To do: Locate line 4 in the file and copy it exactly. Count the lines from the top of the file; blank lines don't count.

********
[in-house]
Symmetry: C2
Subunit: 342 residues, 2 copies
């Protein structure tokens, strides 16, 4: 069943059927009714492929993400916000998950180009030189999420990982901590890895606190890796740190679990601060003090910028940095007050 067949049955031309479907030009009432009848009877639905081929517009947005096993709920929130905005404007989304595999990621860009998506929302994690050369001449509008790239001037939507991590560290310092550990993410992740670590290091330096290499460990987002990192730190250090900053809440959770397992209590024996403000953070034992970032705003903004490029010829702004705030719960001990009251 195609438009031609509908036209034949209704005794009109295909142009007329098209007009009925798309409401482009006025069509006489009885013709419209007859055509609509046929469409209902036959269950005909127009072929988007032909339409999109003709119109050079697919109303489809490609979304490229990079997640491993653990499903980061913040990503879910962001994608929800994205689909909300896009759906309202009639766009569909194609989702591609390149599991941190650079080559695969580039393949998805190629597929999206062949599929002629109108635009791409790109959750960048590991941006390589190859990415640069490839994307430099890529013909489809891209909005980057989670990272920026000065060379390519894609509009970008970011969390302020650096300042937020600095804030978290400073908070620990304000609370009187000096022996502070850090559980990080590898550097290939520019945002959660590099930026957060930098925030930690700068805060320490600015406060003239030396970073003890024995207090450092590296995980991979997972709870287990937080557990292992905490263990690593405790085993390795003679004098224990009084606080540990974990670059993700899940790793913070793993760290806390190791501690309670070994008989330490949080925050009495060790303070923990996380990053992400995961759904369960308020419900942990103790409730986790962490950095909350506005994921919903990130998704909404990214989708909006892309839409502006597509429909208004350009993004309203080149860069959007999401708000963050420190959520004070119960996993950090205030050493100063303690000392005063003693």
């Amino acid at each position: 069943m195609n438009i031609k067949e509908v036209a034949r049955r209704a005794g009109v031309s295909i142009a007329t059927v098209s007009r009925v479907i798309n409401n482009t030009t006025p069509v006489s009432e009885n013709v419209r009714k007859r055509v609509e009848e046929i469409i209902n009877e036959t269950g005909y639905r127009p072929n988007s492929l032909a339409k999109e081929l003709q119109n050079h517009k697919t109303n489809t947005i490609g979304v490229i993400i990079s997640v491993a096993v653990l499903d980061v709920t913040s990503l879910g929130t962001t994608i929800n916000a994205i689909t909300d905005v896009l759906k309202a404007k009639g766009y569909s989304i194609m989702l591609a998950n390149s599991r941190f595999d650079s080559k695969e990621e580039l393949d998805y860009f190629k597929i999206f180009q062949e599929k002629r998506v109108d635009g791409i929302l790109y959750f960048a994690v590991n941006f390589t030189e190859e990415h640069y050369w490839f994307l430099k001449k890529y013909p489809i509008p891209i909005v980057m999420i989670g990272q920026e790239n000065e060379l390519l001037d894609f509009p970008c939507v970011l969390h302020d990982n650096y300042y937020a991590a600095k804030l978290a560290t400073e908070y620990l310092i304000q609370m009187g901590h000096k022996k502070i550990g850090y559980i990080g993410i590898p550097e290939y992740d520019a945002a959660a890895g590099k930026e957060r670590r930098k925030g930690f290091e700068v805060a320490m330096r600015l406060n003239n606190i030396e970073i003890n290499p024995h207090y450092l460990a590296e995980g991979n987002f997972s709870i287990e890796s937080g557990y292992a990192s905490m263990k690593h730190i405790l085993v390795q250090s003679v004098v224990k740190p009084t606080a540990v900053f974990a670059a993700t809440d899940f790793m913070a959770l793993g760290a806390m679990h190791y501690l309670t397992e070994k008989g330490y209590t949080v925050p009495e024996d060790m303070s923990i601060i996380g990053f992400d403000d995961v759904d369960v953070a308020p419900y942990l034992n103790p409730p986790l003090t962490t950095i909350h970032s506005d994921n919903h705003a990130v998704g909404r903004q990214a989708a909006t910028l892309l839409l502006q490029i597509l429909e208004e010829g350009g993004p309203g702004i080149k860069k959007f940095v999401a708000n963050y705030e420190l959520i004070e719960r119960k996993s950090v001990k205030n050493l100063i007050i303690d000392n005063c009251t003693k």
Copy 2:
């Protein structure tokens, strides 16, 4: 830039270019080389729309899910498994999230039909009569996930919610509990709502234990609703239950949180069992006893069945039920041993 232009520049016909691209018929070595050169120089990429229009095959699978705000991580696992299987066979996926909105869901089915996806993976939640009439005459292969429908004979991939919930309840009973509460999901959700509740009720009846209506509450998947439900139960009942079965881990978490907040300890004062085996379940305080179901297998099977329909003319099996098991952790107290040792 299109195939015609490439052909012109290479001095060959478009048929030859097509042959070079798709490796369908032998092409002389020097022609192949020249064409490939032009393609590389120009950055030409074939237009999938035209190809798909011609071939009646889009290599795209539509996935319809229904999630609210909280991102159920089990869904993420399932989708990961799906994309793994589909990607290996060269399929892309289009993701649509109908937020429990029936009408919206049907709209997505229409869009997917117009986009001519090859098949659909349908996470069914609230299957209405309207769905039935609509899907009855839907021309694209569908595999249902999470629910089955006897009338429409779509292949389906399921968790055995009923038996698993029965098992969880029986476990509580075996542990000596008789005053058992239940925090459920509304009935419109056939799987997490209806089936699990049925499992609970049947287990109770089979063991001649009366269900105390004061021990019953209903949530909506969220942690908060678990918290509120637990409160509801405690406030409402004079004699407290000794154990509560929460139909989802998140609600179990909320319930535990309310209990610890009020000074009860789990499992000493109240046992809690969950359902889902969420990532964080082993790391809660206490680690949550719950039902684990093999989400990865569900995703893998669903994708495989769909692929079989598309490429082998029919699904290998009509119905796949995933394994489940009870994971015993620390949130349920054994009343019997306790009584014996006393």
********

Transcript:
């Protein structure tokens, strides 16, 4: 069943059927009714492929993400916000998950180009030189999420990982901590890895606190890796740190679990601060003090910028940095007050 067949049955031309479907030009009432009848009877639905081929517009947005096993709920929130905005404007989304595999990621860009998506929302994690050369001449509008790239001037939507991590560290310092550990993410992740670590290091330096290499460990987002990192730190250090900053809440959770397992209590024996403000953070034992970032705003903004490029010829702004705030719960001990009251 195609438009031609509908036209034949209704005794009109295909142009007329098209007009009925798309409401482009006025069509006489009885013709419209007859055509609509046929469409209902036959269950005909127009072929988007032909339409999109003709119109050079697919109303489809490609979304490229990079997640491993653990499903980061913040990503879910962001994608929800994205689909909300896009759906309202009639766009569909194609989702591609390149599991941190650079080559695969580039393949998805190629597929999206062949599929002629109108635009791409790109959750960048590991941006390589190859990415640069490839994307430099890529013909489809891209909005980057989670990272920026000065060379390519894609509009970008970011969390302020650096300042937020600095804030978290400073908070620990304000609370009187000096022996502070850090559980990080590898550097290939520019945002959660590099930026957060930098925030930690700068805060320490600015406060003239030396970073003890024995207090450092590296995980991979997972709870287990937080557990292992905490263990690593405790085993390795003679004098224990009084606080540990974990670059993700899940790793913070793993760290806390190791501690309670070994008989330490949080925050009495060790303070923990996380990053992400995961759904369960308020419900942990103790409730986790962490950095909350506005994921919903990130998704909404990214989708909006892309839409502006597509429909208004350009993004309203080149860069959007999401708000963050420190959520004070119960996993950090205030050493100063303690000392005063003693």